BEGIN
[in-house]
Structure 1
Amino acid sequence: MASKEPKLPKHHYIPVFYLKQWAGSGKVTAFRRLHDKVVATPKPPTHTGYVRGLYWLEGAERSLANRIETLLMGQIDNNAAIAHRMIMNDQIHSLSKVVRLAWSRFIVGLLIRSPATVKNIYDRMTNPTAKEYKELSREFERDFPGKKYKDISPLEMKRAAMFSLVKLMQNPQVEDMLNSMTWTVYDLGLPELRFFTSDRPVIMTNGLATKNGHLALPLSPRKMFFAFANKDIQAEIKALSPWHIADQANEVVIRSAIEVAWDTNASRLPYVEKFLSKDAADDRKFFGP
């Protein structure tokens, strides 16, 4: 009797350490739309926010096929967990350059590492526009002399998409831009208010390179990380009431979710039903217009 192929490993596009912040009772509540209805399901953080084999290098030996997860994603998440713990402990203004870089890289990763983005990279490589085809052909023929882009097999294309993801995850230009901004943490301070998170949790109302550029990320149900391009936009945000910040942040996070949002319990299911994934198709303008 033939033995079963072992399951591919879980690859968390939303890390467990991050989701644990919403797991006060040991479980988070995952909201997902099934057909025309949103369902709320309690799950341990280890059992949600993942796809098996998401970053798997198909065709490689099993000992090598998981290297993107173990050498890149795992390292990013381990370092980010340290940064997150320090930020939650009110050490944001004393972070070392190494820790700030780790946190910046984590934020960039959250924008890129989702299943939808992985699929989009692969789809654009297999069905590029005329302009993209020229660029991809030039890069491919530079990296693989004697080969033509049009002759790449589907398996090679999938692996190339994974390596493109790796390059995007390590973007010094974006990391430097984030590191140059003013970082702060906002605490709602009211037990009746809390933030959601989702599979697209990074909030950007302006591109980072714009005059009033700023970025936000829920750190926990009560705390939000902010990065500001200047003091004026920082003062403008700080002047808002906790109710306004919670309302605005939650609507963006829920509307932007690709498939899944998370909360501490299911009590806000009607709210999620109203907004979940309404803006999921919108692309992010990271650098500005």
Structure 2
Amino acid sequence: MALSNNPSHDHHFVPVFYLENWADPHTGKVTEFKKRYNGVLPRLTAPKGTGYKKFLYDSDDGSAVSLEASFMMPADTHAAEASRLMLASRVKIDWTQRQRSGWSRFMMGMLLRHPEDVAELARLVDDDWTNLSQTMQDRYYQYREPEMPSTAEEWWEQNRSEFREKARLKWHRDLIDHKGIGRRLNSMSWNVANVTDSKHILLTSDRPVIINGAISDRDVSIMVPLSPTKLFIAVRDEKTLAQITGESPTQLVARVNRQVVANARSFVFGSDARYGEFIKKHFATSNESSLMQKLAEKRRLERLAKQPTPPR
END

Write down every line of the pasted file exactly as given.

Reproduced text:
[in-house]
Structure 1
Amino acid sequence: MASKEPKLPKHHYIPVFYLKQWAGSGKVTAFRRLHDKVVATPKPPTHTGYVRGLYWLEGAERSLANRIETLLMGQIDNNAAIAHRMIMNDQIHSLSKVVRLAWSRFIVGLLIRSPATVKNIYDRMTNPTAKEYKELSREFERDFPGKKYKDISPLEMKRAAMFSLVKLMQNPQVEDMLNSMTWTVYDLGLPELRFFTSDRPVIMTNGLATKNGHLALPLSPRKMFFAFANKDIQAEIKALSPWHIADQANEVVIRSAIEVAWDTNASRLPYVEKFLSKDAADDRKFFGP
């Protein structure tokens, strides 16, 4: 009797350490739309926010096929967990350059590492526009002399998409831009208010390179990380009431979710039903217009 192929490993596009912040009772509540209805399901953080084999290098030996997860994603998440713990402990203004870089890289990763983005990279490589085809052909023929882009097999294309993801995850230009901004943490301070998170949790109302550029990320149900391009936009945000910040942040996070949002319990299911994934198709303008 033939033995079963072992399951591919879980690859968390939303890390467990991050989701644990919403797991006060040991479980988070995952909201997902099934057909025309949103369902709320309690799950341990280890059992949600993942796809098996998401970053798997198909065709490689099993000992090598998981290297993107173990050498890149795992390292990013381990370092980010340290940064997150320090930020939650009110050490944001004393972070070392190494820790700030780790946190910046984590934020960039959250924008890129989702299943939808992985699929989009692969789809654009297999069905590029005329302009993209020229660029991809030039890069491919530079990296693989004697080969033509049009002759790449589907398996090679999938692996190339994974390596493109790796390059995007390590973007010094974006990391430097984030590191140059003013970082702060906002605490709602009211037990009746809390933030959601989702599979697209990074909030950007302006591109980072714009005059009033700023970025936000829920750190926990009560705390939000902010990065500001200047003091004026920082003062403008700080002047808002906790109710306004919670309302605005939650609507963006829920509307932007690709498939899944998370909360501490299911009590806000009607709210999620109203907004979940309404803006999921919108692309992010990271650098500005």
Structure 2
Amino acid sequence: MALSNNPSHDHHFVPVFYLENWADPHTGKVTEFKKRYNGVLPRLTAPKGTGYKKFLYDSDDGSAVSLEASFMMPADTHAAEASRLMLASRVKIDWTQRQRSGWSRFMMGMLLRHPEDVAELARLVDDDWTNLSQTMQDRYYQYREPEMPSTAEEWWEQNRSEFREKARLKWHRDLIDHKGIGRRLNSMSWNVANVTDSKHILLTSDRPVIINGAISDRDVSIMVPLSPTKLFIAVRDEKTLAQITGESPTQLVARVNRQVVANARSFVFGSDARYGEFIKKHFATSNESSLMQKLAEKRRLERLAKQPTPPR